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Plateau Indian Ways with Words

Plateau Indian Ways with Words: The Rhetorical Tradition of the Tribes of the Inland Pacific Northwest

Barbara Monroe
Foreword by Scott Richard Lyons
Afterword by Kristin L . Arola
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    Plateau Indian Ways with Words
    Book Description:

    InPlateau IndianWays with Words, Barbara Monroe makes visible the arts of persuasion of the Plateau Indians, whose ancestral grounds stretch from the Cascades to the Rockies, revealing a chain of cultural identification that predates the colonial period and continues to this day. Culling from hundreds of student writings from grades 7-12 in two reservation schools, Monroe finds that students employ the same persuasive techniques as their forebears, as evidenced in dozens of post-conquest speech transcriptions and historical writings. These persuasive strategies have survived not just across generations, but also across languages from Indian to English and across multiple genres from telegrams and Supreme Court briefs to school essays and hip hop lyrics.Anecdotal evidence, often dramatically recreated; sarcasm and humor; suspended or unstated thesis; suspenseful arrangement; intimacy with and respect for one's audience as co-authors of meaning-these are among the privileged markers in this particular indigenous rhetorical tradition. Such strategies of personalization, as Monroe terms them, run exactly counter to Euro-American academic standards that value secondary, distant sources; "objective" evidence; explicit theses; "logical" arrangement. Not surprisingly, scores for Native students on mandated tests are among the lowest in the nation.While Monroe questions the construction of this so-called achievement gap on multiple levels, she argues that educators serving Native students need to seek out points of cultural congruence, selecting assignments and assessments where culturally marked norms converge, rather than collide. New media have opened up many possibilities for this kind of communicative inclusivity. But seizing such opportunities is predicated on educators, first, recognizing Plateau Indian students' distinctive rhetoric, and then honoring their sovereign right to use it. This book provides that first step.

    eISBN: 978-0-8229-7956-2
    Subjects: Language & Literature, Sociology

Table of Contents

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  1. Foreword
    (pp. xiii-xv)
    Scott Richard Lyons

    As far as we know, the first Native American to publish writing in the English language was the Mohegan preacher Samson Occom (1723–1792). Occom is primarily remembered today for his autobiography, “A Short Narrative of My Life” (1768), the first of many Native autobiographies to come, and for hisSermon Preached at the Execution of Moses Paul(1772), the first Native-authored text to see publication. Life writing and death writing: one might suggest that Native writing in English has dealt in serious business from the very start. One might also remark, as many have, purely on the basis of...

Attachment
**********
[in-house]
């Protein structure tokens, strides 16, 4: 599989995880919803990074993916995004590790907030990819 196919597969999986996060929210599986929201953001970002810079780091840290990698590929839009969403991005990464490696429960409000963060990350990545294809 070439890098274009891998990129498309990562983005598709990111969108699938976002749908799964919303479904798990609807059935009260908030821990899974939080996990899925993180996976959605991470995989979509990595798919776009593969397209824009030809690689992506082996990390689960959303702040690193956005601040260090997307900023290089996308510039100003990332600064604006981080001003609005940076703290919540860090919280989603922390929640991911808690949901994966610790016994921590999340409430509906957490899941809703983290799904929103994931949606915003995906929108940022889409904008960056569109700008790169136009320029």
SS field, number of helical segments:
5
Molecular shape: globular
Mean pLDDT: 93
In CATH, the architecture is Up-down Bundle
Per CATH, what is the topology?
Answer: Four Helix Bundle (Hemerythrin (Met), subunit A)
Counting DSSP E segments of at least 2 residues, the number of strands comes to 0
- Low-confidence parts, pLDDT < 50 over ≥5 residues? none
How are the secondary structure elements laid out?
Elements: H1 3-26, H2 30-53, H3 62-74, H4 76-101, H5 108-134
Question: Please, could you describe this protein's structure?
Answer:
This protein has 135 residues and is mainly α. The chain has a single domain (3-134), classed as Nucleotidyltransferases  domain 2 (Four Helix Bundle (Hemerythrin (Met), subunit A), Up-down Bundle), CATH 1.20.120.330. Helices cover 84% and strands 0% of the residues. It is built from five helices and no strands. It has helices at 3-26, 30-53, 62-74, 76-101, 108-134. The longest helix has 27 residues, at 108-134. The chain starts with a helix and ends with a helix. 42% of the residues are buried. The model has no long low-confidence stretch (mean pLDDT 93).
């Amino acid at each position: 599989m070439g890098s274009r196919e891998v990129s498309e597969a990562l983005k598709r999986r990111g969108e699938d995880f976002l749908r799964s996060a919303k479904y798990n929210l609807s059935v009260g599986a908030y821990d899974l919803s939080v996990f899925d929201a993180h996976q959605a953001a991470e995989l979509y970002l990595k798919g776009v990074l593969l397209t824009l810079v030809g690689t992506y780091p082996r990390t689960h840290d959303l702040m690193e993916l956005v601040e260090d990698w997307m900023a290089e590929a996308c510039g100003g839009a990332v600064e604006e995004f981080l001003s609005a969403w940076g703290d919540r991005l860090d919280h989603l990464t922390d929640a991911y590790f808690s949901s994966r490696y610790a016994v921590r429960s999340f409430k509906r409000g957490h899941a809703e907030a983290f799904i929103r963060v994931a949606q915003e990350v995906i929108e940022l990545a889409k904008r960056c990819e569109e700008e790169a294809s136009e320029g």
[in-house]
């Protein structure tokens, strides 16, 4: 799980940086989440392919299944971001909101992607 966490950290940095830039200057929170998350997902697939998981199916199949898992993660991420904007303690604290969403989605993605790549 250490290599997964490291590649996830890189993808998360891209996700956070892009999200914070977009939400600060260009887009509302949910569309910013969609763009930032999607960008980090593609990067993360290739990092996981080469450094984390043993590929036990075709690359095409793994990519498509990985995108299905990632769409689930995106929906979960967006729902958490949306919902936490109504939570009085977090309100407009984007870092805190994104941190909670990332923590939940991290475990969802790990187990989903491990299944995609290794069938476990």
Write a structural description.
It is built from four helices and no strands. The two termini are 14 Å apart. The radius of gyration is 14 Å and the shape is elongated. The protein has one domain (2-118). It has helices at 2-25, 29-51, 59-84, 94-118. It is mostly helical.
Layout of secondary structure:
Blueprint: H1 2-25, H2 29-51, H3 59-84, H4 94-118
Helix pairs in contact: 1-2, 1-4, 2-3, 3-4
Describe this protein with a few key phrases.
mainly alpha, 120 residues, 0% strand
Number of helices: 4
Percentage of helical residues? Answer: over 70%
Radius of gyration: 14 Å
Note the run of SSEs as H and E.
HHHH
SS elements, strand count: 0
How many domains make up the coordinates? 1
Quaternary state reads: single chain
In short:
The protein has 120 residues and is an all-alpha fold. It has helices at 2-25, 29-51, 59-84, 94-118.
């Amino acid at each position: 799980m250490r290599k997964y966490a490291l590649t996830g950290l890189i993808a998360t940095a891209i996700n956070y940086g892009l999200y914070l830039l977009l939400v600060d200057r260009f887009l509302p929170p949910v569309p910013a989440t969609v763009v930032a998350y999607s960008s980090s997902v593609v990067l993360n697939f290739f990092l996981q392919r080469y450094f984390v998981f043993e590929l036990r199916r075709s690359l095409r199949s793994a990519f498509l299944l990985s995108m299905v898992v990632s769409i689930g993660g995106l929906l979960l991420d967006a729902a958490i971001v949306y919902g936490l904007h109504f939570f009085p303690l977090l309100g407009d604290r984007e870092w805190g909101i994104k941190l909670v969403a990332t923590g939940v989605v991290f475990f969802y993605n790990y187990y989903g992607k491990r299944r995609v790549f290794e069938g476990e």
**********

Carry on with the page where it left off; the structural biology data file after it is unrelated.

2. Introduction
    (pp. xvii-xxvi)

    In 1870, in anticipation of the removal of several Plateau Indian tribes to what would become the Colville reservation, the superintendent of Indian Affairs dispatched sub-Indian agent William Parkhurst Winans to northern Washington state to collect census data, among other particulars. At the tribal council, Winans asked his Indian audience if they would like to have teachers and preachers to guide their vocational and religious training. His question elicited this response (excerpted here from a longer speech) from Wee-ah-pe-kum (Okanagan):

    When you see my Boy working for the Whites, ask him, “Did your Father send you?” if he says no,...

  3. 1 “Real Indians” Don’t Rap: Theorizing Indigenous Rhetorics
    (pp. 1-19)

    Let me begin by saying that I am not an Indian, “real” or otherwise. I am a white female English professor whose research focuses on the cultural rhetorics of U.S. minorities. In 2001, I embarked on a five-year collaboration with two schools on a Plateau Indian reservation in Washington state. The project entailed collecting hundreds of papers written by Plateau Indian students, grades 7 to 12.¹ From this collection came the rap poem that I discuss later in this chapter. As a test of an indigenous rhetoric, this rap poem raises several theoretical questions, all of which are foundational to...

  4. 2 Defining Principles of Plateau Indian Rhetoric